EDA Statement: New York Energy Regulators Replace Net Metering with Risky and Complex Plan with Some Concessions to Support Community Solar and Low-Income Solar Access

The Public Service Commission has adopted a Value of Distributed Energy Resources (VDER) policy to set the value of local renewable energy resources such as solar and wind across the state. After reviewing the decision, the New York Energy Democracy Alliance (EDA) has issued the following statement:

“The Commission is moving to rapidly phase out net energy metering – the current simple compensation mechanism for solar energy – despite deep concerns raised by community solar developers, community groups, and thousands of customers. This ruling is part of the Reforming the Energy Vision (REV) process launched by Governor Cuomo to create a clean, resilient, and more affordable energy system in New York State. The EDA is concerned that the rapid pace of net metering phase-out and the complexity of the new policy jeopardize the REV goals and sets up roadblocks to community renewable energy innovation in New York State. We are disappointed that the adopted policy risks such a rapid transition; fails to set a simple and predictable value for distributed energy resources; and disregards many values that should be included in any policy that purports to accurately reflect the benefits of distributed renewable energy.

“A major concern raised by the New York Energy Democracy Alliance throughout this process is that the proposed VDER policy will perpetuate inequities for low-income customers, people of color, and other New Yorkers who want to generate and use renewable energy, but face disproportionately higher barriers to renewable energy adoption. We are also concerned that the policy puts local solar installers and community organizations at a disadvantage, even when these local groups are poised to deliver community solar projects that maximize local economic development and other community benefits of renewable energy. The PSC’s newly adopted policy is so complex that it may only work for large firms big enough to devote substantial resources to sophisticated financial and energy market modeling.

“To its credit, the Commission acknowledged some of these issues and proposed potential remedies. These include a directive to New York State Energy Research and Development Authority (NYSERDA) to provide $28 million in funding for community renewable energy with targeted funding to support low-income access. Additionally, the Commission opened the door for immediate consideration of increased compensation for projects that serve low-income customers. There were also some incremental improvements to the core of the policy itself that may smooth out the transition and allow more projects to become viable.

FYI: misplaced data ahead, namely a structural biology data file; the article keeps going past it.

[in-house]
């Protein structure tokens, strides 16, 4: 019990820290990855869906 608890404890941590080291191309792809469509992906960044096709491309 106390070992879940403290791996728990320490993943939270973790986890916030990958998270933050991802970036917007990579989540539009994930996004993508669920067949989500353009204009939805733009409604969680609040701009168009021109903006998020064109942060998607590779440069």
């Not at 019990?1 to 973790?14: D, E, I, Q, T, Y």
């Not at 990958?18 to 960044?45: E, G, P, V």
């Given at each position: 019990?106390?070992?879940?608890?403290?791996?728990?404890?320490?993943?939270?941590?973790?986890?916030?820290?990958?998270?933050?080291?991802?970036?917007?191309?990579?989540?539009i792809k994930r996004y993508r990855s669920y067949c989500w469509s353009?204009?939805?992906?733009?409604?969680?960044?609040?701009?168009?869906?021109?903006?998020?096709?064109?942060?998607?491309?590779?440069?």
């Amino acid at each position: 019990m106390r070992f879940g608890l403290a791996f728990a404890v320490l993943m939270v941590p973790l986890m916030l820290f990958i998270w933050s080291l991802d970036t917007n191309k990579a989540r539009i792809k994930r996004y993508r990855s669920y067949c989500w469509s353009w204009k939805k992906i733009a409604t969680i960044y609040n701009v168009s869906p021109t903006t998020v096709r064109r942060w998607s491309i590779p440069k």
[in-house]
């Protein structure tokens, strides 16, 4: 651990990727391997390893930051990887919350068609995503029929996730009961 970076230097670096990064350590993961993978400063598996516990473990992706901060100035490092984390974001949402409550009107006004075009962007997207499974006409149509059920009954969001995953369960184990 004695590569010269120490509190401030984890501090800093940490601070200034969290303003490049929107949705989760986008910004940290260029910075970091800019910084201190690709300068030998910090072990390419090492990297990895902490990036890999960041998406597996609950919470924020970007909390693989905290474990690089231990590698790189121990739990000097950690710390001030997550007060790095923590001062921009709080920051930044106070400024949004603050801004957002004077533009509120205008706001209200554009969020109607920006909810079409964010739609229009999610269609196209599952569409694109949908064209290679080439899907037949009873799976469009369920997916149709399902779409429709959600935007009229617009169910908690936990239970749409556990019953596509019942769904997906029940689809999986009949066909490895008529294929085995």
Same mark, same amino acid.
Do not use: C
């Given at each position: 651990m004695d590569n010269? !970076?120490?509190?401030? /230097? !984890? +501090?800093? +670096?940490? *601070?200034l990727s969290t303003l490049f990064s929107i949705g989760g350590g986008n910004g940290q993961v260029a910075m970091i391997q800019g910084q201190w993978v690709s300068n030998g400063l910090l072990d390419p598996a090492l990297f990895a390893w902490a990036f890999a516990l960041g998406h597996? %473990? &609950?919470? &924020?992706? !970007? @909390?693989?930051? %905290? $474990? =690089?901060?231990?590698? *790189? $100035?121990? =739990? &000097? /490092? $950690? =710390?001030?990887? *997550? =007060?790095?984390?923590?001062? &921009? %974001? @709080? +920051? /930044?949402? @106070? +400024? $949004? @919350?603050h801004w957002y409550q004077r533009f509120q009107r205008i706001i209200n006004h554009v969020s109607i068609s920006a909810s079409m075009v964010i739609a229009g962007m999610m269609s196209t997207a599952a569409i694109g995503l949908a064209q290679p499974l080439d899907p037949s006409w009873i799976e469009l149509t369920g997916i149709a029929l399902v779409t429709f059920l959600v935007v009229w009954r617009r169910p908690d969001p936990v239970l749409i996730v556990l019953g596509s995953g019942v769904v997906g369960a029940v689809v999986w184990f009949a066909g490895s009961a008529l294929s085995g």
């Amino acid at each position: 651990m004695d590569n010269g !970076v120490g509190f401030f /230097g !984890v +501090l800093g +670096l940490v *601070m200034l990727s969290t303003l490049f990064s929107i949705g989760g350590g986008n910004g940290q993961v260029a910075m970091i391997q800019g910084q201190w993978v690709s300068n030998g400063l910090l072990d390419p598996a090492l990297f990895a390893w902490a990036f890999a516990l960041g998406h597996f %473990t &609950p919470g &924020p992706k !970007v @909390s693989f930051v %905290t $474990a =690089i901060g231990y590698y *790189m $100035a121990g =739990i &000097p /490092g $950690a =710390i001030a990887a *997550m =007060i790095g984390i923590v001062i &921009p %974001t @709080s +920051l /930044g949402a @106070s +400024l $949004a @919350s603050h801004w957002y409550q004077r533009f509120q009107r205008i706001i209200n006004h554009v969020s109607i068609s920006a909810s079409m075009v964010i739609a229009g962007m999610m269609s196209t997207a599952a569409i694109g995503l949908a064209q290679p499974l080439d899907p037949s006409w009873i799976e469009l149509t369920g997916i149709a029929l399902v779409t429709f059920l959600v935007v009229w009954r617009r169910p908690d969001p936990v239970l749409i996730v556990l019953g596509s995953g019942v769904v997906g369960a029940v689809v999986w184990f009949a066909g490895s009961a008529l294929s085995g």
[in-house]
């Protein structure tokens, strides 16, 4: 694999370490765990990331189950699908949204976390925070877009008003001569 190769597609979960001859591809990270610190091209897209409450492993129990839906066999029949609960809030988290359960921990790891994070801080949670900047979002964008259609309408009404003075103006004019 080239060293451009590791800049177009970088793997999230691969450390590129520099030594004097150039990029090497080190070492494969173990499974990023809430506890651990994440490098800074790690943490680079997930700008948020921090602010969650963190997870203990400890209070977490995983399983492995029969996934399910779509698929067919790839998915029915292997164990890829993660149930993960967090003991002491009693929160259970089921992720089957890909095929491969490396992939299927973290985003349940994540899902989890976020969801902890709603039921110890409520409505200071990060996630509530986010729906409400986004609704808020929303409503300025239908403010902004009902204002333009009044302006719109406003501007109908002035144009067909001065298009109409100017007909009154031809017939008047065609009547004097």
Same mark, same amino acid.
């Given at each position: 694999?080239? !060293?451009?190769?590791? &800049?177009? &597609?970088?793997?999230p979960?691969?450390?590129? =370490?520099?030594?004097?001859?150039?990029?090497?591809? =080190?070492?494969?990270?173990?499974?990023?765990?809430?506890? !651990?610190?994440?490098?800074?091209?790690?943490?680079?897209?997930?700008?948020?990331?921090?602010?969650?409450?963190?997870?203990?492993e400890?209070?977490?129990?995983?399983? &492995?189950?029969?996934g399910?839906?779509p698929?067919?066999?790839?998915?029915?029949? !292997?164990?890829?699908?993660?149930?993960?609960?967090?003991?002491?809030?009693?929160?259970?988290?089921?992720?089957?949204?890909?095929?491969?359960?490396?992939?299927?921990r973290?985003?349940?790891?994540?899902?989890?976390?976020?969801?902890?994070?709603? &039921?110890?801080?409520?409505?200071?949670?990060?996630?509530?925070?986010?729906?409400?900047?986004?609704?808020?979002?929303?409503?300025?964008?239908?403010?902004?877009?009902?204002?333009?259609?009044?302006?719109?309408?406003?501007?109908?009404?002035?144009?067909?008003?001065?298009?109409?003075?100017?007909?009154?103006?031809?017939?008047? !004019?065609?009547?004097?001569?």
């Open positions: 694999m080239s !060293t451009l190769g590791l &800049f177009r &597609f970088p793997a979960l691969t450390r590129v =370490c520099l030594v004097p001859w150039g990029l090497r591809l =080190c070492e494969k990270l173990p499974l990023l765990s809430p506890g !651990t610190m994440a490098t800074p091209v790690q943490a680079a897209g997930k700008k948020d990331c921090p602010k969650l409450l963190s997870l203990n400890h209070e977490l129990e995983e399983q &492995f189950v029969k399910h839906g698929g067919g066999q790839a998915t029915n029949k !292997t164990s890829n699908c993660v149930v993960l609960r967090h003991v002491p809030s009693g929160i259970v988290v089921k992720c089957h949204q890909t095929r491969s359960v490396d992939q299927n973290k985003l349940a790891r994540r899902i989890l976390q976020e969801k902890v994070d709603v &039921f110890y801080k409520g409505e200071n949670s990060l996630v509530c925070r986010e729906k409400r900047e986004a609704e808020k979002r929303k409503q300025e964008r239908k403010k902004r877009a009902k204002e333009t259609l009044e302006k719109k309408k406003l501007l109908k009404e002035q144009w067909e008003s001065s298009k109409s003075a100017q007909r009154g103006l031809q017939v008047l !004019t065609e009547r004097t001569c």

“We applaud the continued involvement and pressure brought by community groups, community solar developers, environmental organizations, local elected officials, small businesses and customers themselves who spoke up in the thousands by submitting comments and meeting with decision makers. We are proud of the improvements and additional funding won through these efforts, but we also remain concerned that the fundamental policy here is flawed and may be unworkable for many New Yorkers who are waiting with anticipation for the day they can fully participate in New York’s clean, renewable energy revolution.

“The Commission must stop kicking the can down the road when it comes to real opportunities for low-income people and people of color to be included in the transition to a renewable energy economy. Therefore, we intend to sustain our work to hold the Commission and the governor accountable for the real impact their policies have on the lives of New Yorkers most burdened by our dirty and expensive energy system. We commit to working with the Commission and NYSERDA to move concrete remedies forward to uphold the governor’s commitment that ‘all New Yorkers, regardless of their zip code or income, have the opportunity to access clean and affordable power.’”

The full text of the Commission’s VDER Order can be found here: http://documents.dps.ny.gov/public/Common/ViewDoc.aspx?DocRefId=%7b5B69628E-2928-44A9-B83E-65CEA7326428%7d



About the New York Energy Democracy Alliance  

The New York Energy Democracy Alliance is a collaboration of community-based organizations, grassroots groups, and policy experts working together to move our state toward a renewable, equitable, affordable and local energy system. Our current focus is on building public participation in the historic overhaul of state energy policy that Gov. Cuomo, the PSC, and NYSERDA are pursuing, in order to ensure that all New Yorkers—including low-and moderate-income communities and communities of color— can be part of the process, and benefit from it.

Current members include:


  • Affordable Housing Partnership Homeownership Center
  • Alliance for a Green Economy (AGREE)
  • Binghamton Regional Sustainability Coalition
  • Catskill Mountainkeeper
  • Center for Social Inclusion
  • Citizen Action of New York
  • Citizens’ Environmental Coalition
  • Citizens for Local Power
  • Co-op Power
  • Fossil Free Tompkins
  • Good Old Lower East Side (GOLES)
  • Hudson River Sloop Clearwater
  • Long Island Progressive Coalition
  • New York State Sustainable Business Council
  • Nobody Leaves Mid-Hudson
  • Northwest Bronx Community and Clergy Coalition
  • People United for Sustainable Housing (PUSH) Buffalo
  • Sane Energy Project
  • Solstice
  • Sullivan Alliance for Sustainable Development
  • Syracuse United Neighbors (SUN)
  • WE ACT for Environmental Justice